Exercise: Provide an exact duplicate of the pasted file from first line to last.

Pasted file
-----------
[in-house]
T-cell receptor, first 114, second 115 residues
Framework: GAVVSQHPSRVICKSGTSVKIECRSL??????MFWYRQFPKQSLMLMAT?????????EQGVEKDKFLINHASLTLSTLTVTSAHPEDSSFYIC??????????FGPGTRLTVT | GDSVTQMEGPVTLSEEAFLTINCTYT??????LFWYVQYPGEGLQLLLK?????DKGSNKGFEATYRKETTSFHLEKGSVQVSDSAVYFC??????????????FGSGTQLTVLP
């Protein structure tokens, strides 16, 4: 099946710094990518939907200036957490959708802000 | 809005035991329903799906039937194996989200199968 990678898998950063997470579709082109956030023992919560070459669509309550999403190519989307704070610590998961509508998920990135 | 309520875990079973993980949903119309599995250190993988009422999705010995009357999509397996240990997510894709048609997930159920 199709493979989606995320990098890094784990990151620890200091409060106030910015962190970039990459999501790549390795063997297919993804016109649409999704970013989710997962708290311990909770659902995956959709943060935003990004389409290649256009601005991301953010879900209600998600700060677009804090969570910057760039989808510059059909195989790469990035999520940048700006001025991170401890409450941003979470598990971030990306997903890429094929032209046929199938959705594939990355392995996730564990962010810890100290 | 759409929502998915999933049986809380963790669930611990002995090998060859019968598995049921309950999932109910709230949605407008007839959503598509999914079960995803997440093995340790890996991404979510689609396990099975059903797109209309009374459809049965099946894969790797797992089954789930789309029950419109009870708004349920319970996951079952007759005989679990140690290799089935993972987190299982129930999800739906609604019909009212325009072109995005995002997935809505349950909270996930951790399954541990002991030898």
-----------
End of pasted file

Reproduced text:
[in-house]
T-cell receptor, first 114, second 115 residues
Framework: GAVVSQHPSRVICKSGTSVKIECRSL??????MFWYRQFPKQSLMLMAT?????????EQGVEKDKFLINHASLTLSTLTVTSAHPEDSSFYIC??????????FGPGTRLTVT | GDSVTQMEGPVTLSEEAFLTINCTYT??????LFWYVQYPGEGLQLLLK?????DKGSNKGFEATYRKETTSFHLEKGSVQVSDSAVYFC??????????????FGSGTQLTVLP
């Protein structure tokens, strides 16, 4: 099946710094990518939907200036957490959708802000 | 809005035991329903799906039937194996989200199968 990678898998950063997470579709082109956030023992919560070459669509309550999403190519989307704070610590998961509508998920990135 | 309520875990079973993980949903119309599995250190993988009422999705010995009357999509397996240990997510894709048609997930159920 199709493979989606995320990098890094784990990151620890200091409060106030910015962190970039990459999501790549390795063997297919993804016109649409999704970013989710997962708290311990909770659902995956959709943060935003990004389409290649256009601005991301953010879900209600998600700060677009804090969570910057760039989808510059059909195989790469990035999520940048700006001025991170401890409450941003979470598990971030990306997903890429094929032209046929199938959705594939990355392995996730564990962010810890100290 | 759409929502998915999933049986809380963790669930611990002995090998060859019968598995049921309950999932109910709230949605407008007839959503598509999914079960995803997440093995340790890996991404979510689609396990099975059903797109209309009374459809049965099946894969790797797992089954789930789309029950419109009870708004349920319970996951079952007759005989679990140690290799089935993972987190299982129930999800739906609604019909009212325009072109995005995002997935809505349950909270996930951790399954541990002991030898």